Wednesday, July 30, 2008

The brighter side :: NGO technology collaborations

Slightly depressed by my last post, I thought I'd highlight some of the big thinking that has happened... the success levels might not be what I would hope for, but it does highlight there are people out there thinking the big thoughts and putting them into action. Yay for them!

Greenpeace Melt. Built for a specific Greenpeace project, open sourced, but never really got much traction. -1- -2- -3- .

NPOKI. Perhaps the most real effort I've seen. -1- -2-

Global DME Solution. Collaboration of big global NGOs. Similar/ same as NPOKI. -1-

Solpath. Stillborn open source grants management solution, but great market research -- very foundation like, lots of paper but o actual code ;) . -1- -2-

Voluntary Action Westminster. "To reiterate what we want to do is develop a community of developers who all use - and are improving the same system. " on CiviCRM!

Various efforts around PEG TV stations. -1-

These examples and other really do highlight the oil and water nature of organizing around mission and organizing around tools. I think you can do one or the other. Eventually, when CiviCRM gets big enough, it will gain market share, but will likely never be selected for mission reasons, just on a feature matrix and cost calculation.

CiviCRM was built because all these mission-driven efforts share very similar underlying CRM-based technology needs. Yet only one uses CiviCRM. And the Melt decision to roll their own put the nail in the coffin of collaboration.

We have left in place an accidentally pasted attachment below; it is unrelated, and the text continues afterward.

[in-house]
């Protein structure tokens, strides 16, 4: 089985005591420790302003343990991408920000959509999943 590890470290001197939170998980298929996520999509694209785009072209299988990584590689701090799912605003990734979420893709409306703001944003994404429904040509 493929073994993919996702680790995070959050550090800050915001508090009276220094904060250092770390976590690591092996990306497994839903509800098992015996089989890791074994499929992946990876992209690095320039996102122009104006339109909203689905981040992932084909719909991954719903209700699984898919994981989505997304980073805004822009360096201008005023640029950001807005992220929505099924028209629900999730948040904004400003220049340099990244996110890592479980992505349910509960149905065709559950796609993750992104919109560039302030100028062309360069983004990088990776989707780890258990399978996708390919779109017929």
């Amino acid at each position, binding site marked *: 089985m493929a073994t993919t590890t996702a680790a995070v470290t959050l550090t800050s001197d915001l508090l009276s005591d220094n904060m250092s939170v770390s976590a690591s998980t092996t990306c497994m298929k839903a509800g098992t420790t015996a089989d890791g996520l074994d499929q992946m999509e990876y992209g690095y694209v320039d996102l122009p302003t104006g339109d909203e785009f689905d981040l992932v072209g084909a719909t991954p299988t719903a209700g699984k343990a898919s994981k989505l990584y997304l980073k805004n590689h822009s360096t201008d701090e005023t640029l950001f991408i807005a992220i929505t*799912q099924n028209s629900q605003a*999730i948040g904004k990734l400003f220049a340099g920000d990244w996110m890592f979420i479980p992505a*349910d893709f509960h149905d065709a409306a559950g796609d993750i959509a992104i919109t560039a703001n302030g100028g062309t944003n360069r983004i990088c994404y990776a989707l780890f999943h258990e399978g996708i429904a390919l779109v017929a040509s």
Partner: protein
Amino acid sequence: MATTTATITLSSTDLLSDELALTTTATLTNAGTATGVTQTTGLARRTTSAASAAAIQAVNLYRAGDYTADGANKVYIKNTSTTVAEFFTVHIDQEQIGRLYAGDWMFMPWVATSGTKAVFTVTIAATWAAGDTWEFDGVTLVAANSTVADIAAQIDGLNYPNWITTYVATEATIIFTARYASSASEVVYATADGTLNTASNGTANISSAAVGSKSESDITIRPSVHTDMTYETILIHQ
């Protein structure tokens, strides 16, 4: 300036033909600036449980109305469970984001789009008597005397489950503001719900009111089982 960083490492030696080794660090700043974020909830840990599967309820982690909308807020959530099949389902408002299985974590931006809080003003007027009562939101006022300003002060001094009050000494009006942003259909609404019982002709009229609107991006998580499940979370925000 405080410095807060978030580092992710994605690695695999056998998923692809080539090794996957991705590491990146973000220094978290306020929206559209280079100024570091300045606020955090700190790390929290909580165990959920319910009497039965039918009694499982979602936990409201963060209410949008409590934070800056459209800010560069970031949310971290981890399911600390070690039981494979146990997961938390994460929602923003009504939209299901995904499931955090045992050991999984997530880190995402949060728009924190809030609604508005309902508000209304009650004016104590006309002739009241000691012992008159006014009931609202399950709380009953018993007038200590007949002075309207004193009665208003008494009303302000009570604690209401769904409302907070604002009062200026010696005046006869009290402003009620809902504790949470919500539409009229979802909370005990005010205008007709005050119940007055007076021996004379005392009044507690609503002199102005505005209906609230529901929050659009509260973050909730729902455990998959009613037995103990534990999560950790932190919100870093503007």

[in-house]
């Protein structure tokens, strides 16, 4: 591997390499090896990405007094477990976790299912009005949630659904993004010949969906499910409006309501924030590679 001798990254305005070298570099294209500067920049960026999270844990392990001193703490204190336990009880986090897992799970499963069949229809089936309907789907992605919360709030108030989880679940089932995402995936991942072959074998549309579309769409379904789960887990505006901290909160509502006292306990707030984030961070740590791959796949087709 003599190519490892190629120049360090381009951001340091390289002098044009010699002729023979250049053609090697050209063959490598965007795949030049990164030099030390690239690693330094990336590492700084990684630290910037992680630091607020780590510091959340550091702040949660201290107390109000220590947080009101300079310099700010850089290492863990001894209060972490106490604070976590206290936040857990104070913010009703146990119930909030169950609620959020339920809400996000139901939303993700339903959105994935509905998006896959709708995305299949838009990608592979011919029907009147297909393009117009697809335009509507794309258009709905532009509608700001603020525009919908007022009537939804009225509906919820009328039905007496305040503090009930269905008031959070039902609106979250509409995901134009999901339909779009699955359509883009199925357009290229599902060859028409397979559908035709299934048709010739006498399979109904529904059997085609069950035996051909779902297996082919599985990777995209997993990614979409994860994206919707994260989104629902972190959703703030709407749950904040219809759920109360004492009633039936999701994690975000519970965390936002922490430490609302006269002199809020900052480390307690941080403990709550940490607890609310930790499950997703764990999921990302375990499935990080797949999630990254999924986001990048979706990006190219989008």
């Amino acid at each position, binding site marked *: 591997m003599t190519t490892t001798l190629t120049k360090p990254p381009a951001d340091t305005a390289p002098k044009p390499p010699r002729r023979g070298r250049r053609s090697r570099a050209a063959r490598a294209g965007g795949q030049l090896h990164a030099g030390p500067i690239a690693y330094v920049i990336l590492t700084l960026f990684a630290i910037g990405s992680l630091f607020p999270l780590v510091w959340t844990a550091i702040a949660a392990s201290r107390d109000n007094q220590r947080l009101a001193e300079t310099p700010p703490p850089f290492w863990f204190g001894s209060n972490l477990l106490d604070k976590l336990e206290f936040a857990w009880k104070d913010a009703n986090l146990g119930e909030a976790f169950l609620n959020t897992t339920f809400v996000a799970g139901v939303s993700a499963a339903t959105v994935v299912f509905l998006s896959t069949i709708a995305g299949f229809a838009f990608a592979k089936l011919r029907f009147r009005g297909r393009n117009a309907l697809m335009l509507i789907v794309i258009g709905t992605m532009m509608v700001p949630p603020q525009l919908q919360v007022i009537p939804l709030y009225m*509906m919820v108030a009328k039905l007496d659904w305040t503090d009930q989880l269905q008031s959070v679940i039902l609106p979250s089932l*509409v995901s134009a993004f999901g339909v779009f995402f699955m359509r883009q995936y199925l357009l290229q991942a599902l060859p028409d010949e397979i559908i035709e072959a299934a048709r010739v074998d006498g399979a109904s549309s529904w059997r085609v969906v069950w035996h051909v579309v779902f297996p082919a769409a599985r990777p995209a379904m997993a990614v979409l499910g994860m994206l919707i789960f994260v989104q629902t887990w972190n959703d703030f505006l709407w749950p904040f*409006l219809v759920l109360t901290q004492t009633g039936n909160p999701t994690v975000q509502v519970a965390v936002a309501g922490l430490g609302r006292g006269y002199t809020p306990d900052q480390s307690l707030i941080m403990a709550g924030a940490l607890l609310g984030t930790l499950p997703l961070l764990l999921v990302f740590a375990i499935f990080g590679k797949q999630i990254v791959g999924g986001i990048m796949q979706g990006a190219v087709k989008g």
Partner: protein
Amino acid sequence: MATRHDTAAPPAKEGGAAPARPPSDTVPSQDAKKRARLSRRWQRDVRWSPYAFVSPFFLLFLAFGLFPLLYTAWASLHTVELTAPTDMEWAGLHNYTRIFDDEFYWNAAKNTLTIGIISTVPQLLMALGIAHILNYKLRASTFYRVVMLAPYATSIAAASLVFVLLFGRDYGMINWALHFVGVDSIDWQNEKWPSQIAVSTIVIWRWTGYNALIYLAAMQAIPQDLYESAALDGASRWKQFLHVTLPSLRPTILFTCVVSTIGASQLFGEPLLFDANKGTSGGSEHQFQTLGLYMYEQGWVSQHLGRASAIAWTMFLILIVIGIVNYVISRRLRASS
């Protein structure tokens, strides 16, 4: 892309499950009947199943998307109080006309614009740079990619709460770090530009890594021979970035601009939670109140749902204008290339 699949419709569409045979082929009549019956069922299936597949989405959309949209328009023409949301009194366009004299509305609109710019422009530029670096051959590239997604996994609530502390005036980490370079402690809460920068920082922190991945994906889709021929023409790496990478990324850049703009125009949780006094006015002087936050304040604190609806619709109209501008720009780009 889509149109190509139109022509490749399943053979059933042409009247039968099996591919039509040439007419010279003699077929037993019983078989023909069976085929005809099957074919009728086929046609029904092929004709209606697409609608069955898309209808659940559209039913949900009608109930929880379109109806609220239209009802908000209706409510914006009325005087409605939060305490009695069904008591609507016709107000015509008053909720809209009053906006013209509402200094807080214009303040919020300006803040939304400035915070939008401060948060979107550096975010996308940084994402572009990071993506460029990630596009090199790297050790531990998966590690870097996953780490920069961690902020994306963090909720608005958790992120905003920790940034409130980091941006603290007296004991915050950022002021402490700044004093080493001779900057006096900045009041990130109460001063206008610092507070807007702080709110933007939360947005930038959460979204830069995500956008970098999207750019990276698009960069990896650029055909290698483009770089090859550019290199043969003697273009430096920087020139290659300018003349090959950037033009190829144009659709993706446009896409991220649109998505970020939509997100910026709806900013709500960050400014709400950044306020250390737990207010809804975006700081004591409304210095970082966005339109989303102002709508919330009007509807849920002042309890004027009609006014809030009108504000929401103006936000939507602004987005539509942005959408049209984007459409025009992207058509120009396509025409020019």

More to the point, the structural considerations around something like NPOKI... funding sustinability, etc, actually drive people away from the CiviCRM model of build it, share it freely... if anyone can get the software, why would they spend money? If I open it to the world, I can't control the community!

These of course are red herrings... complex software requires consultants you pay for. And as long as you control the SVN check in you control the software. Very simple stuff.

It would be nice to know of other past present and future similar efforts, please put them in the comments!

Monday, July 28, 2008

Picking Winners... not so easy.

In reading a recent OpenSourceCMS market survey by Water & Stone, I reflected on how we pick technology solutions to solve specific problems.

Around the same time a few years back, Jon Stahl, Ryan Ozimek, I and many others were trying to tackle the problem of how to provide small charities with effective technology... generally in the form of data (a CRM) and content (a CMS). We all agreed on the relevance of open source for its practical, rather than religious, benfits... cost, innovation, the potential to support niche markets.

There was no really effective CRM solution at the time, so I was involved in the ramp up of CiviCRM and Salesforce Foundation began donating licenses, so neither solution was really obvious. On the content management side, we went three different ways... Plone, Joomla and Drupal.

Here the interesting part. We were serving the same basic constituencies, we agreed on the same basic values being important, we had very similar mental models for how technology could support social change and charity operations.

In the end, we contributed to three different communities and effectively split the old Circuit Rider mind share (a subset of nonprofit technology assitance providers). Today, Jon is on the board of Plone, Ryan is on the board of Joomla, my old partner at CivicSpace is on the board of Drupal.